Asking For Help

Posted by Brainspring on 9th Dec 2020

We have all heard the saying, “it takes a village” when referring to raising children. Whether your village is family, friends, your child’s school staff, church members, daycare, babysitters, anyone else hired or otherwise; this village comes together to help you and your children get through your busy weeks.

But what happens when your village shrinks or changes?

There are a hundred reasons why a village might shift, and we have all been part of a big one recently. I imagine many people have had their support systems change in the last year; I know mine have. A lot is going on that none of us, as parents, grandparents, or caretakers of any kind, were expecting this year. Life is different. Our kids are home from school, and parents are scrambling between work, helping our kids with virtual learning, and life in general. We are mad, confused, worried, frustrated, and, let’s face it, in some ways, just lost. We need to ask for help. But is that ok? Can we ask for help?

I know that asking for help isn’t always easy and might even make some of us feel weak or incapable. I like to think of asking for help as a sign of strength. Knowing that we can’t always do this parenting thing alone and that we are strong enough to look for something to help our children get through whatever they are struggling with. So, is it possible to ask for and find help even during a pandemic? The answer is yes! Many people out there want to help and are finding ways to push through the obstacles to make it work.

Creative Ways to Find Assistance

One of the things parents fear right now is how their kids are doing in school. Are you afraid that your child is missing out on vital academics and they are getting behind in math, reading, or another subject? You are unmistakably not alone.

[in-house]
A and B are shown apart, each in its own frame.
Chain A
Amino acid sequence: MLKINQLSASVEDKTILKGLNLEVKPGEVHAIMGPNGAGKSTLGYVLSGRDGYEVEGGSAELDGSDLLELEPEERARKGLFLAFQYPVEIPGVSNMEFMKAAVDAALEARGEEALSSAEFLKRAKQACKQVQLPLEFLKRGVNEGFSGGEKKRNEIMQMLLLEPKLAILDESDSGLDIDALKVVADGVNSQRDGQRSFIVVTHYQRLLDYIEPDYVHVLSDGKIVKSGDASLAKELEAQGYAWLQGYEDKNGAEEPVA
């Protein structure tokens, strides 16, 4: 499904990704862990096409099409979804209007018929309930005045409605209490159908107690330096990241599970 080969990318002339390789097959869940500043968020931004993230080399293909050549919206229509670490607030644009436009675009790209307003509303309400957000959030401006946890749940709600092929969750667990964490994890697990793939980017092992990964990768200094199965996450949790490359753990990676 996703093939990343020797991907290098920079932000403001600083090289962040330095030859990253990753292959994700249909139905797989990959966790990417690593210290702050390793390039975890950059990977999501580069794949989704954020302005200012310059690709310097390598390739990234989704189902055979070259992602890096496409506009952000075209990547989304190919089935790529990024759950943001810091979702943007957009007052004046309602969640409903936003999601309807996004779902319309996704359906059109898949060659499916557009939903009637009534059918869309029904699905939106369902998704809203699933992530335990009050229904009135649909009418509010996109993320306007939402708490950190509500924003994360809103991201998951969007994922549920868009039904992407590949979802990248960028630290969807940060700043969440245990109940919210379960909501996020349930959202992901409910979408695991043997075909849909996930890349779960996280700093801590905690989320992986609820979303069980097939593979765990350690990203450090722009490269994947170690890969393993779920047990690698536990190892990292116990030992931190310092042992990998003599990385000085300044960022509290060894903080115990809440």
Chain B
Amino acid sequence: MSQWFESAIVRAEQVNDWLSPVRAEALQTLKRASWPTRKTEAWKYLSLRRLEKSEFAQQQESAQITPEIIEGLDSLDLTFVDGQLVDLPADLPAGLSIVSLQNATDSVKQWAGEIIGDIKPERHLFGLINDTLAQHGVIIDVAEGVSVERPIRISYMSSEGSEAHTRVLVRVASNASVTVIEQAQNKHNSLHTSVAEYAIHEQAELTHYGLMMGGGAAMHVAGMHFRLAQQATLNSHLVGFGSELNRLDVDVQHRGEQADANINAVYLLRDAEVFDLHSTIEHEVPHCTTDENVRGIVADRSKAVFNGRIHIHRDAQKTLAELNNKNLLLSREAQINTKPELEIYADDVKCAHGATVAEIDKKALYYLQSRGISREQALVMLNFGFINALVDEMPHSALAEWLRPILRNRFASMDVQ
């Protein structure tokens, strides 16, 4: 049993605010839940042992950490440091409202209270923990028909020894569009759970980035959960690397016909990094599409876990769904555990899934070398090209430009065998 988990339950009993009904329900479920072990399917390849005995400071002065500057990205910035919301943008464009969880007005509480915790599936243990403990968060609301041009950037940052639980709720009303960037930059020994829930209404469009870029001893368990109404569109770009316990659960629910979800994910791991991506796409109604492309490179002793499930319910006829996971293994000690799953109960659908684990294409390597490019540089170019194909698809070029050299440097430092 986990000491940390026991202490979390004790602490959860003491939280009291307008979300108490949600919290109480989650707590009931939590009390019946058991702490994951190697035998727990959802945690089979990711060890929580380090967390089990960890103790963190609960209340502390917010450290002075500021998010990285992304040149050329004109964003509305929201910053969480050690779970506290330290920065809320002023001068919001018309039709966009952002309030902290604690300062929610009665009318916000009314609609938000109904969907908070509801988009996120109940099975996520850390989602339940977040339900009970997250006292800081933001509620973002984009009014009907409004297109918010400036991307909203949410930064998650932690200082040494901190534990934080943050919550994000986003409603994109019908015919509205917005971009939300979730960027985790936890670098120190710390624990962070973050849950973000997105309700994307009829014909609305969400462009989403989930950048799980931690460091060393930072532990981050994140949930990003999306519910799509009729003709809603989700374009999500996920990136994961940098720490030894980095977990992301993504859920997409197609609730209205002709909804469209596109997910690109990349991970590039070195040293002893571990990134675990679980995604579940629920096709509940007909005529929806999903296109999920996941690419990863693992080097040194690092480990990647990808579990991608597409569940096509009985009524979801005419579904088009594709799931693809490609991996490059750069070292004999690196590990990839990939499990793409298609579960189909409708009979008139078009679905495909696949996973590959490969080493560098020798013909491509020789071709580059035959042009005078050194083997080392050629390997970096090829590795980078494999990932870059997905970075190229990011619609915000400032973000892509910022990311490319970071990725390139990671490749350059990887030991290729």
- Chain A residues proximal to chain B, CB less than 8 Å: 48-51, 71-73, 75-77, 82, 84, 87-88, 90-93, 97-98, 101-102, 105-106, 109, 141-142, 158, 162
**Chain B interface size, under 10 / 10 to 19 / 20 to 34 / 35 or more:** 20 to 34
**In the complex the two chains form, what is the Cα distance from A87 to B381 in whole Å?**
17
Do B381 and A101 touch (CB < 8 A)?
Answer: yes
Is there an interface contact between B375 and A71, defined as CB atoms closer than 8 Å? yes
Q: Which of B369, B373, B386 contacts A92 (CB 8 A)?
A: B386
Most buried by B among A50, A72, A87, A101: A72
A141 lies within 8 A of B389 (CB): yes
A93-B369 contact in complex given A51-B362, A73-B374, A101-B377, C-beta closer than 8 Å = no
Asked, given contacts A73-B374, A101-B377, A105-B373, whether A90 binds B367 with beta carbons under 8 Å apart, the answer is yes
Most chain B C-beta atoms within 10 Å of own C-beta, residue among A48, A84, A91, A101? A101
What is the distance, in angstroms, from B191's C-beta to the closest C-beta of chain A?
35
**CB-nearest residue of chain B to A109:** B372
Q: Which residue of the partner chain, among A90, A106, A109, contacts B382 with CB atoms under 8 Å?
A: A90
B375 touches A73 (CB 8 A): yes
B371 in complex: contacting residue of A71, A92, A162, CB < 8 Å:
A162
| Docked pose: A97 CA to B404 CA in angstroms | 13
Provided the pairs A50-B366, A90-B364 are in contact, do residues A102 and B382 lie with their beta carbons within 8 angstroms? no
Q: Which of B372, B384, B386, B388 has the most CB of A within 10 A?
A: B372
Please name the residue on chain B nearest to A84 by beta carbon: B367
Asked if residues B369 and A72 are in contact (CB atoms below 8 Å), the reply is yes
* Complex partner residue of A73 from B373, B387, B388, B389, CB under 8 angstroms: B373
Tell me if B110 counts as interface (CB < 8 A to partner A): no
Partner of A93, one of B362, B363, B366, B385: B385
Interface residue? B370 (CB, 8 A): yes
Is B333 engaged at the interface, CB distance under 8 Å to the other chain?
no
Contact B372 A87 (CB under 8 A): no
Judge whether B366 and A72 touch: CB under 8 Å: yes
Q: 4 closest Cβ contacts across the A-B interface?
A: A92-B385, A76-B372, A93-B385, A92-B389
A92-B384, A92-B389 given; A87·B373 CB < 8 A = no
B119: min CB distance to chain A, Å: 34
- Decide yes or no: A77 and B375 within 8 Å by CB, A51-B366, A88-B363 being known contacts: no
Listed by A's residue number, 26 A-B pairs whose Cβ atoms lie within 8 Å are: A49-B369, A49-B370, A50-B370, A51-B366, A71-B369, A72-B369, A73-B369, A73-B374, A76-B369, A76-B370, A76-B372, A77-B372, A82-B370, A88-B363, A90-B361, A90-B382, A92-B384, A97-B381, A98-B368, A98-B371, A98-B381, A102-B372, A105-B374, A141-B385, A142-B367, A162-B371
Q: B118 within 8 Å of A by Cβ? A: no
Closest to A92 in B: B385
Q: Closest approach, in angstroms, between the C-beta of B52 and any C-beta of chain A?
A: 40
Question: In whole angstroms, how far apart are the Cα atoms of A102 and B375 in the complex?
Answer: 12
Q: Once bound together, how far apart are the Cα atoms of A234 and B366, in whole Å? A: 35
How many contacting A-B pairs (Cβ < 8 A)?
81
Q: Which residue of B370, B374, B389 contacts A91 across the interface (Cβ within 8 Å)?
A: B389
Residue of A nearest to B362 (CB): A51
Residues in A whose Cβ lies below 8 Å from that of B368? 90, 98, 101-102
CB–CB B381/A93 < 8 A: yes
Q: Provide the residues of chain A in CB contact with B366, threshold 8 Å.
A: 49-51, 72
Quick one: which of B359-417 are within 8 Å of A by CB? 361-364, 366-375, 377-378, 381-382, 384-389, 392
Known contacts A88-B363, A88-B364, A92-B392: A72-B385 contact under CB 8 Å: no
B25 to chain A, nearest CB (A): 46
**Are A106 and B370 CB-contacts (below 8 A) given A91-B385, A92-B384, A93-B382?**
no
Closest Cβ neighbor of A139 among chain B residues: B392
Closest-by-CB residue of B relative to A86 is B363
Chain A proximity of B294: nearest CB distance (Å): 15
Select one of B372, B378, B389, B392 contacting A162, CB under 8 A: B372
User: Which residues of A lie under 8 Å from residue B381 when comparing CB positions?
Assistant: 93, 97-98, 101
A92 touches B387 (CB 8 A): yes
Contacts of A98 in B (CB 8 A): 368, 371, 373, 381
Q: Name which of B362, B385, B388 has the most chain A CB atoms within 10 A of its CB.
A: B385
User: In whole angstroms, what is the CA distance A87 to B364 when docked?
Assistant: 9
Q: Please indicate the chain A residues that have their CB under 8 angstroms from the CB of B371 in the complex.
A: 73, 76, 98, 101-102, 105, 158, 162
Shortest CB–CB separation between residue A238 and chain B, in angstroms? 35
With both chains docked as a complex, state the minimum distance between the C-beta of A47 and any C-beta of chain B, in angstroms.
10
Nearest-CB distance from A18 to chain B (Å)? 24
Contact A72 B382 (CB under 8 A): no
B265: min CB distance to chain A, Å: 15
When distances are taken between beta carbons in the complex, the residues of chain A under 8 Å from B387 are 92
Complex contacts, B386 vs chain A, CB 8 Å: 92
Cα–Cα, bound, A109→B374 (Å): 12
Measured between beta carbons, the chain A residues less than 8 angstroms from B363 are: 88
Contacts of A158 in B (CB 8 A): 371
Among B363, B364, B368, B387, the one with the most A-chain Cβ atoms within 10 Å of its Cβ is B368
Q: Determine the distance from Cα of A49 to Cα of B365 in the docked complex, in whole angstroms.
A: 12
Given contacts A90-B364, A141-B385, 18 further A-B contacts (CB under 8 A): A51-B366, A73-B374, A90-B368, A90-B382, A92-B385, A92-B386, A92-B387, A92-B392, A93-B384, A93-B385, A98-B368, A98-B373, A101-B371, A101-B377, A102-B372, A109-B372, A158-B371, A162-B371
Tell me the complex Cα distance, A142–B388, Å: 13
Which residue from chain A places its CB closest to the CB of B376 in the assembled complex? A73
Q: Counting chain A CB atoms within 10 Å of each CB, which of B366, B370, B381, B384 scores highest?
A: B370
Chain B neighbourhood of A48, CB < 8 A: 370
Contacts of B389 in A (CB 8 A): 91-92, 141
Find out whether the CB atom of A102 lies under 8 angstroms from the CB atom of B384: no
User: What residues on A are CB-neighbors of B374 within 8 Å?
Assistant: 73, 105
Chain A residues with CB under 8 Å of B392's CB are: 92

Relief from trying to be a parent and teacher is available. Consider asking a tutor for help. Tutors are getting very creative with online sessions. There are also some tutors meeting students in-person with masks and other precautions to keep everyone healthy.  If tutoring isn’t an option for you, reach out to your child’s teacher and ask them for help, or a fellow parent who may be more well-versed on a subject than you are.

I decided to reach out to a reading tutor for my oldest son, who was starting to fall behind in reading and spelling. The big secret – I’m a reading tutor myself! I needed the comfort of a village member to help me stay his Mom. I knew that I could not do it all and needed to ask for help. Our tutor worked with my son in-person, and then we moved to an online format when things started shutting down (PS. He tutors at Brainspring.) I am also very lucky to have a neighbor who’s a teacher who has given me ideas for what to work on additionally at home with my kids.

Assistance is out there (not just academically), and I really believe that as hard as this year has been on everyone, more people out there want to help than we realize.

Asking for help could be, and probably is, what we really need right now, not only for our children but for ourselves. We need the break, the help, the village.

Written by Katie London, M.A.

Katie is a Director at Brainspring Learning Centers.


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